Ind. Rep. Visclosky seat looks safe

Rep. Pete Visclosky is one of the few members of Congress who can announce his office has been subpoenaed but still feel good about his reelection chances.

The Indiana Democrat is dealing with the public fallout after announcing Friday that his congressional office, campaign and staff members were served with subpoenas in recent weeks.

But Visclosky is a 25-year incumbent appropriator with a solid record in a district that has stomached its fair share of corruption over the years.

And those close to the race say it’s going to take a lot more than subpoenas to bring him down.

“He’s more in trouble with investigators than with the electorate,” said Brian Howey, the publisher of the Howey Politics Indiana newsletter. “I don’t sense he’s facing any immediate political challenges in the Democratic primary or general election — and certainly not in the general election.”

Visclosky’s subpoenas are part of a federal investigation into whether a prominent defense lobbyist has funneled illegal campaign contributions to the Indiana lawmaker and several other powerful House Democrats.

His district went 62 percent for President Obama last cycle, but the two presidential races prior gave the Democratic candidates around 55 percent. As Gary and the East Chicago areas have shrunk in recent years, the district has added rural conservative areas and drifted away from Democrats.

National Republicans are talking to local leaders and hoping they can take advantage of Visclosky’s problems.

National Republican Congressional Committee (NRCC) spokesman Paul Lindsay said “there is no shortage of reasons for Indiana voters to send Peter Visclosky into early retirement. He will face a strong challenge in 2010.”

But the incumbent has taken at least two-thirds of the vote every year but 1994 — a strong year for the GOP — and it’s hard for local observers to see Republicans seriously competing for the seat.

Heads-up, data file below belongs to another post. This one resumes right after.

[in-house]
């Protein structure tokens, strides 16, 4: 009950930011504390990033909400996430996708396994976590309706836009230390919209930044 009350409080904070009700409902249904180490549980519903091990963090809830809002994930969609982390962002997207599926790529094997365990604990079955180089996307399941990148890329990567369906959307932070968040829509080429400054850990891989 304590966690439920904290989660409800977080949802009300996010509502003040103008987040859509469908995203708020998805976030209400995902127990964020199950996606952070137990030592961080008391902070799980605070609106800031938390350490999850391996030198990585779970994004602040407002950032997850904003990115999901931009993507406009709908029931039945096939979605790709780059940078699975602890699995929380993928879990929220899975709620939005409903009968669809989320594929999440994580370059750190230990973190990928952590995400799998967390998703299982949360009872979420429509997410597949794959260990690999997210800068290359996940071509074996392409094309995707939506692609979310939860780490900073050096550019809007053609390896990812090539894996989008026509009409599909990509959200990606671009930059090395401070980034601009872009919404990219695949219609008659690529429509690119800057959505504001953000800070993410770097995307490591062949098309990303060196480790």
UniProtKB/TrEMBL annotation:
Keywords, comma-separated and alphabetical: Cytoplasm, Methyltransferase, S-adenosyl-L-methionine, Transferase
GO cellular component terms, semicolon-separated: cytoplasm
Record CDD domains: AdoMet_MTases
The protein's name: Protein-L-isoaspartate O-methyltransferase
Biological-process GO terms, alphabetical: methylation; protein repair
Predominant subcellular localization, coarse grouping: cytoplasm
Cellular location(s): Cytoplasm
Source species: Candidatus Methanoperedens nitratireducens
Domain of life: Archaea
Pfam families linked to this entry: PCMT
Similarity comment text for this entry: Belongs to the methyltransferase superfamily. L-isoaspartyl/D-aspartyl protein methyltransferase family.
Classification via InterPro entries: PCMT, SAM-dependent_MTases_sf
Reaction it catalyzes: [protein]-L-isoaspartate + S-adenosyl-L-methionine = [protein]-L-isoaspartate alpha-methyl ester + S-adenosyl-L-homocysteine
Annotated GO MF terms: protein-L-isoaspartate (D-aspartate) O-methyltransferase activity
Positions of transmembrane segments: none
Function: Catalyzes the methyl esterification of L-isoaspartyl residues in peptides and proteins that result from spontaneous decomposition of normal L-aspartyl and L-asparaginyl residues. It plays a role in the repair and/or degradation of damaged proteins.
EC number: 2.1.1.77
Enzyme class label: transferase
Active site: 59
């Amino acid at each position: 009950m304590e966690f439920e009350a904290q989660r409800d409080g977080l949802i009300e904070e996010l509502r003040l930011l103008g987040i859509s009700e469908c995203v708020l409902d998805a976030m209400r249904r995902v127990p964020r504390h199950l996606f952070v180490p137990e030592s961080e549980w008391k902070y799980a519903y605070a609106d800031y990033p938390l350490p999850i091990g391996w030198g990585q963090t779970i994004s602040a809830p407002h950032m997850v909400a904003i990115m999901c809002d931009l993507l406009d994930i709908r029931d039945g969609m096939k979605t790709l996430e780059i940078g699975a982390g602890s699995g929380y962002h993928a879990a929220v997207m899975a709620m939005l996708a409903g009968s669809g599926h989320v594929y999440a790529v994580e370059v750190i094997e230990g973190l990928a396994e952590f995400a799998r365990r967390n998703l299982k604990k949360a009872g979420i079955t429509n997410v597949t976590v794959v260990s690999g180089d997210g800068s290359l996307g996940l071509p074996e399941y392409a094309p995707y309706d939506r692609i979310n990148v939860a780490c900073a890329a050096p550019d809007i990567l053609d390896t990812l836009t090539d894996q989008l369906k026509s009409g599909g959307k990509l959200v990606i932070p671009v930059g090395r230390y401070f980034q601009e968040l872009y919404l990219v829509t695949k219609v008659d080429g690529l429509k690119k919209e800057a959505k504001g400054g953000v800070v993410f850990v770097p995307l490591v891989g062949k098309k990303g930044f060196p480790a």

More likely, they say, is that the legal situation gets worse and a Democrat takes a shot at him in the primary.

Maurice Eisenstein, a political science professor at Purdue University Calumet, said even that is highly unlikely, given the power of the political machine in Lake County and the tolerance  for corruption there.

“This is probably the most corrupt area in the country,” Eisenstein said. “We put Chicago to shame.

“The only way you could lose is if you actually get indicted and convicted. We have people who served all the way through sentencing.”

Even if a Democrat did go after the incumbent, it’s not clear who would take up the mantle. Hammond Mayor and Lake County Democratic Party Chairman Tom McDermott Jr., who is seen as a potential Visclosky successor, has publicly backed the congressman as late as this weekend, and another top local official, Lake County Sheriff Roy Dominguez, is thought the have designs on the governor’s mansion in 2012.

Jay McCann, a political science professor at Purdue University, said Visclosky probably isn’t in any trouble right now. But he said the situation and national environment are such that the momentum to take Visclosky down could be built.

He noted that Visclosky wasn’t invited to a fundraiser held by Obama for other Democratic members of the delegation earlier this month — something Visclosky’s staff attributed to his safe district.